We have a new arrival at Green Acres. A beautiful, 9-month-old Chocolate Lab/Mix pup that was either abandoned or who went wandering and got lost. She showed up on our doorstep - skinny and tired and scared - a couple weeks ago. We contacted the Richardson County Humane Society, but their facility is full, as is the local pound. The Director is even harboring five of the "overflow" dogs at her home, causing her husband to take frequent fishing trips. So, until they are able to find a permanent home, we have agreed to be puppy foster parents.
The Humane Society has placed posters with her picture and description around town, as well as in the newspaper, but so far no takers. We were hopeful that she had a previous owner who was looking for her, but as time passes, that seems less and less likely. In the mean time, we are trying not to become attached, and to that end have taken to calling her "Three" (as in dog #3). She and Gabby (our recent, rescued addition) have become fast friends - running, tumbling, chewing, and wrestling. Molly, our Springer Spaniel, adheres steadfastly to her "ignore them and maybe they'll go away" policy. I know what you're thinking, but "No . . . No No . . .No No No".* Being out-numbered by our dogs doesn't seem like a convenient or affordable plan. We're supposed to be "free as a bird" empty-nesters, remember?
So, we are pleading for a good home for Miss Three. Obviously, we don't know her lineage, but she has the beautiful chocolate coloring, face, and eyes of a Lab, in a smaller package. Her size would make her an ideal house-dog. (She is currently 45 lbs. and about knee-high, but still very thin from her travels and not quite full-grown.) She is an outdoor dog at our place, so we haven't had an opportunity to evaluate her house-training, but the vet said she did well in the kennel there. Even though she has been provided a dog house with a soft pillow, she prefers to sleep curled into a lawn chair on the front porch. I have checked at various times during the night and she's always right there. While she will bark occasionally if a varmint or vehicle ventures too near the house, she is a very quiet girl who avoids random barking and so would do well in town.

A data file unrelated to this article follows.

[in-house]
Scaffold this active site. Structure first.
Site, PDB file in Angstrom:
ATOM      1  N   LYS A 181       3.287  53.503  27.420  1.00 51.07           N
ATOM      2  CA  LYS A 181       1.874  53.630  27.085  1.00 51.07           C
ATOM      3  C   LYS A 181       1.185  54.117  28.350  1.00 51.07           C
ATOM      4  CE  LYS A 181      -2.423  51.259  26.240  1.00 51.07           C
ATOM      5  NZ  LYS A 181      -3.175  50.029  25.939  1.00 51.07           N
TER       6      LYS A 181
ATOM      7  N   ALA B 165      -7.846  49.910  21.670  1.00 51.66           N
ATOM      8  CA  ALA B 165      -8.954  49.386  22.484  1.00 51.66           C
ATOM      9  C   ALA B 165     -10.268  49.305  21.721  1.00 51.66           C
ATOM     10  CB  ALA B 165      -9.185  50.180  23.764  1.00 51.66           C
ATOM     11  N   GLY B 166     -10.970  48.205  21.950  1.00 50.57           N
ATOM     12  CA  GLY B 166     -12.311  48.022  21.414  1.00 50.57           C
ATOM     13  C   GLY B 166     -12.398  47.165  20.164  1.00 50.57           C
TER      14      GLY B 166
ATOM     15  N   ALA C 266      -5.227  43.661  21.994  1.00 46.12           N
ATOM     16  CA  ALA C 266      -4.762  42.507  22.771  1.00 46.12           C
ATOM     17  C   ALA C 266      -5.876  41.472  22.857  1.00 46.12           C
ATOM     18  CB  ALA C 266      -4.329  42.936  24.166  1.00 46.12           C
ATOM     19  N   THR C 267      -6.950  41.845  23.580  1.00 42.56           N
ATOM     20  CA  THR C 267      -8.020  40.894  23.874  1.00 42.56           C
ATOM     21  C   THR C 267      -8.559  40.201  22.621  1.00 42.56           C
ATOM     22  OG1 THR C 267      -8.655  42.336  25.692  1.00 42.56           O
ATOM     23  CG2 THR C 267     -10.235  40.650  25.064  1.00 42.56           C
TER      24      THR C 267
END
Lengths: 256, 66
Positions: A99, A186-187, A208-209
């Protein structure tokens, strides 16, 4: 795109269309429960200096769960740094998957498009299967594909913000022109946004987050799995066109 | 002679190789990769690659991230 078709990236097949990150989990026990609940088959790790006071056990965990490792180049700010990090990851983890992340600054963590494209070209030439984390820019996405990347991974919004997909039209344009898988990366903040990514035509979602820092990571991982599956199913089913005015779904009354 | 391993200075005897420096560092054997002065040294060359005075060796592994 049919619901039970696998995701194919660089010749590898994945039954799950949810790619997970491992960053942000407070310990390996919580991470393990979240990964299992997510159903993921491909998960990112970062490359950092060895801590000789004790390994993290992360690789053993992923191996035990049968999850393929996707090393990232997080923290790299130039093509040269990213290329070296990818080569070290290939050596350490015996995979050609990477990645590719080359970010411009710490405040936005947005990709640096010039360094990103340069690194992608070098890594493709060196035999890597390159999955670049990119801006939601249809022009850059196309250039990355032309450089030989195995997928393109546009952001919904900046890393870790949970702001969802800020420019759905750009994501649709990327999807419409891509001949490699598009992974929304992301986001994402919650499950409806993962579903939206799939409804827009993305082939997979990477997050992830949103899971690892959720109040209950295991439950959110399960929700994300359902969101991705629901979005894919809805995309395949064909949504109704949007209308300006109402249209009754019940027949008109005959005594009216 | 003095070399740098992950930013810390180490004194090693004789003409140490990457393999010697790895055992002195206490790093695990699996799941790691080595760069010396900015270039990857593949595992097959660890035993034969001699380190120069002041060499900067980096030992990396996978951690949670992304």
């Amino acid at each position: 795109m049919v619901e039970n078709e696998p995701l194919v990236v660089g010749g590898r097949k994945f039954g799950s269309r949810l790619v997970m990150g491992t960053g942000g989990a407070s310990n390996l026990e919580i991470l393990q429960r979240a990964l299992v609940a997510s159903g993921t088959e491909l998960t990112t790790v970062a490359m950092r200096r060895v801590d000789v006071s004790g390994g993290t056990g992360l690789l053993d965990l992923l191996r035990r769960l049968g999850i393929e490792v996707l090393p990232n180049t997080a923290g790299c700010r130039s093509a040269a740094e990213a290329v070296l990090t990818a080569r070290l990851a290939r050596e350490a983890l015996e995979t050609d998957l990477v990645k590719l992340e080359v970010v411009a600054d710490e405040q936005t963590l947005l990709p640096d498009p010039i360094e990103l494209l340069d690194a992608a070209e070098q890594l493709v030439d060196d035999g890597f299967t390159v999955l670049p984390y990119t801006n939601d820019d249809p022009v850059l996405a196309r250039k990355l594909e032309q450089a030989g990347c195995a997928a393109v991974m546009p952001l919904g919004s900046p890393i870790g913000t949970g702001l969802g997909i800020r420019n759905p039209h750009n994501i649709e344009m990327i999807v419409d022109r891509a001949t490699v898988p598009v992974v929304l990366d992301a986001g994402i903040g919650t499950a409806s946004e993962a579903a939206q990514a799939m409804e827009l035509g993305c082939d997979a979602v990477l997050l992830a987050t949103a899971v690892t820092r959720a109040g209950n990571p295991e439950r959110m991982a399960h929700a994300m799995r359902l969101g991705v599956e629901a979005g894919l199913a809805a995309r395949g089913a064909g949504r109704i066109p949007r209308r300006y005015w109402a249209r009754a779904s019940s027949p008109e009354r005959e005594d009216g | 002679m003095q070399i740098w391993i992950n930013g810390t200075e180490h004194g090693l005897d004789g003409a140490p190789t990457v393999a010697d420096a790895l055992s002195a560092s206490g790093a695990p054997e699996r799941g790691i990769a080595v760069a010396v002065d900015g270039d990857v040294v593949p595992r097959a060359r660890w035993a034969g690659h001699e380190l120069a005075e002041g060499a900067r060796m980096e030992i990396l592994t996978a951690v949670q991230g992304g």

During the day, she has the run of the place while we're at work and the other two are contained in the house. She does wander a short distance, like down to take a dip in the pond in the cow pasture, but she always responds to the first whistle or sound of an approaching vehicle and is waiting enthusiastically when we drive in. She's not about to wander away from a good thing again!
She is incredibly gentle and loving with us and with other dogs - never a nip or growl - so we think she would do well with children. She still has all her puppy playfulness and, yes, that means she has broken a flower pot and shortened our garden hose by about five feet, but she's learning.
Three is current on her shots, thanks to the Humane Society, and is on heart worm and flea/tick prevention. If you have a loving home for Miss Three, please contact us in the comments here or by email at firstname.lastname@example.org We would be glad to send you more pictures, information or even videos. We live in the southeast corner of Nebraska and are willing to deliver her or meet you within a reasonable distance to ensure she gets a good home.
*West Wing Quote